When I leave my apartment I usually walk up a sidewalk with a hefty incline to Paris Circle. After passing the water shop, I usually say hello to Ibraheem, whose family business is the flower shop nearby.

Water shop and flower shop, Paris Circle
Water shop and flower shop, Paris Circle

Today Zohreh, Randall, David and I trekked to the Shoman Foundation’s Darat Al Funon, an arts and culture center with a terraced cafe.

Fulbright peeps at Darat al Funon terrace
Fulbright peeps at Darat al Funon terrace
Darat al Funon, terrace cafe
Darat al Funon, terrace cafe

While drinking my mini-cup of thick coffee grounds and sugar I saw the artist I met recently, Mohammad Abu Aziz drinking coffee and was introduced to his artist friend, Iyad Kan’aan.

Muhmmad Abu Aziz and Iyad Kan'aan, local artists
Muhmmad Abu Aziz and Iyad Kan’aan, local artists

Both Muhammad and Iyad have absolutely gorgeous and profound art.
You might want to take a look at it yourself here:

Iyad:  www.iyadkanan.com  and
https://www.facebook.com/iyad.kanan?fref=pb&hc_location=profile_browser

Muhammad: https://www.facebook.com/muhammad.abuaziz

On our walk home we saw Fulbrighter Matt on the balcony of another coffee shop. We stopped to say hello and proceeded down the tile and stone sidewalk, window shopping.

Matt and friend
Matt and friend

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Fifty years ago, the Jabal Al-Weibdeh neighborhood area was considered the most stylish and upscale place to live in all of Amman. As far as I’m concerned, it still is. The historic arabesque architecture, and the multitude of cafés, shops and cultural centers are in direct contrast to the newly built “upscale” neighborhoods that have popped up throughout Amman.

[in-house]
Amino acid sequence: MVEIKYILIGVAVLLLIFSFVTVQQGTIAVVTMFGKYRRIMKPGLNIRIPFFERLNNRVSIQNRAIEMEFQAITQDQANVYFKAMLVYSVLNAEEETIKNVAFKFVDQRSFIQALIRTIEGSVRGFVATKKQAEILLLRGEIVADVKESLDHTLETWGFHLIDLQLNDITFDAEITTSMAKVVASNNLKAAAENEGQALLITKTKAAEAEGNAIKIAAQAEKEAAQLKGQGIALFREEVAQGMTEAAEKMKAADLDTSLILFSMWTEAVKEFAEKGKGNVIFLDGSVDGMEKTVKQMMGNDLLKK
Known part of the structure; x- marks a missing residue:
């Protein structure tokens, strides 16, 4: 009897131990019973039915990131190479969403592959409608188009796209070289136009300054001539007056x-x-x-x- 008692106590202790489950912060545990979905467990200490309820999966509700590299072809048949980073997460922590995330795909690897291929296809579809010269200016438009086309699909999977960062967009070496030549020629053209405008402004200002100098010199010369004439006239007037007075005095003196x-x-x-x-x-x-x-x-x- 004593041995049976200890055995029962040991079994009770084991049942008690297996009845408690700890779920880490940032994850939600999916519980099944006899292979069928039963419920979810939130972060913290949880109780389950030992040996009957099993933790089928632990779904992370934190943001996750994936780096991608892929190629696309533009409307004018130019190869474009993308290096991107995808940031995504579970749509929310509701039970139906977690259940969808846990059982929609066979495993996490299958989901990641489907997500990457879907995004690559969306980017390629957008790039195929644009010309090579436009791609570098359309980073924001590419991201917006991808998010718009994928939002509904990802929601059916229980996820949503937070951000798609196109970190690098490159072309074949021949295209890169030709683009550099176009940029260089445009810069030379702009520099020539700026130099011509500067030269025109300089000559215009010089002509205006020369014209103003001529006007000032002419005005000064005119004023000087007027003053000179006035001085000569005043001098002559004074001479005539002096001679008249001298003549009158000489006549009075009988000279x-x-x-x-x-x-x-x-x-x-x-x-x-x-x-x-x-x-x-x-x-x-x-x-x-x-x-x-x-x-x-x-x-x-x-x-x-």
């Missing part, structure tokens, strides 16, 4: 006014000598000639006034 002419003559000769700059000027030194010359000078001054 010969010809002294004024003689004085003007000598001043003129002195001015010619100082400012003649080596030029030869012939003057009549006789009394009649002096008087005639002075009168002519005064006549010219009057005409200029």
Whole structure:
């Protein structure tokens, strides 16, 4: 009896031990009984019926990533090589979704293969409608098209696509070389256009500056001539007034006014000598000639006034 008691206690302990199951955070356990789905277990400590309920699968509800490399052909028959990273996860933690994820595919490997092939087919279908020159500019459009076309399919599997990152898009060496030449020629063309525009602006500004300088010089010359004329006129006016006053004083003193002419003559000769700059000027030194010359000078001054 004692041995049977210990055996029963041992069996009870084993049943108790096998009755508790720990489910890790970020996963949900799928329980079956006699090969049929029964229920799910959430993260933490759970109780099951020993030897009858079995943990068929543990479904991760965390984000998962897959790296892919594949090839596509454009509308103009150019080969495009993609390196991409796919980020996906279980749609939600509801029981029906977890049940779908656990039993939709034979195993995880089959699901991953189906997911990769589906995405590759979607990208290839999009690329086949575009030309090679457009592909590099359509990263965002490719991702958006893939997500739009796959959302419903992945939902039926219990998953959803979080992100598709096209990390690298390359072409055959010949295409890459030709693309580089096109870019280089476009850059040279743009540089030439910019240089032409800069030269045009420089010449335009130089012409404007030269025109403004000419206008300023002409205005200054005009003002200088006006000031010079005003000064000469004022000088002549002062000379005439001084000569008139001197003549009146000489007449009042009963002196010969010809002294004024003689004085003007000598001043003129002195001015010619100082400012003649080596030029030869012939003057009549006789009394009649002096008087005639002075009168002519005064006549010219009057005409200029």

Muhammad and Iyad invited me to meet with them at the Jabel Knowledge Culture (art gallery and cafe) at nine that night. Jadel is one of the oldest buildings in Amman, hidden away in one of the many dimly lit excessively long stairwells. Unsure as to whether or not I was taking the right staircase (in the dark they all look the same), I stopped at a barber shop and requested directions. Not knowing how to speak Arabic, or the exact name of the place, I returned to the barber shop twice after heading out to re-review my directions. The third time that I returned to the barber shop I decided to get my hair cut. I asked the barber for a trim by using hand gestures. He refused by using hand gestures and holding up an electric razor. Unless I wanted a buzz cut, I was in the wrong place. Thanking him for his time I headed off to another stairwell and eventually ended up at Jabel Knowledge/Culture.

After meeting Muhammad in Jabel/Knowledge and looking at the current exhibition of paintings by a Syrian woman we walked downtown to the oldest hookah lounge in Amman, secreted away at the top of a multitude of well worn stone steps with sawdust scattered on them. The lounge is in one of the oldest buildings in Amman.

Jabel Knowledge Culture Center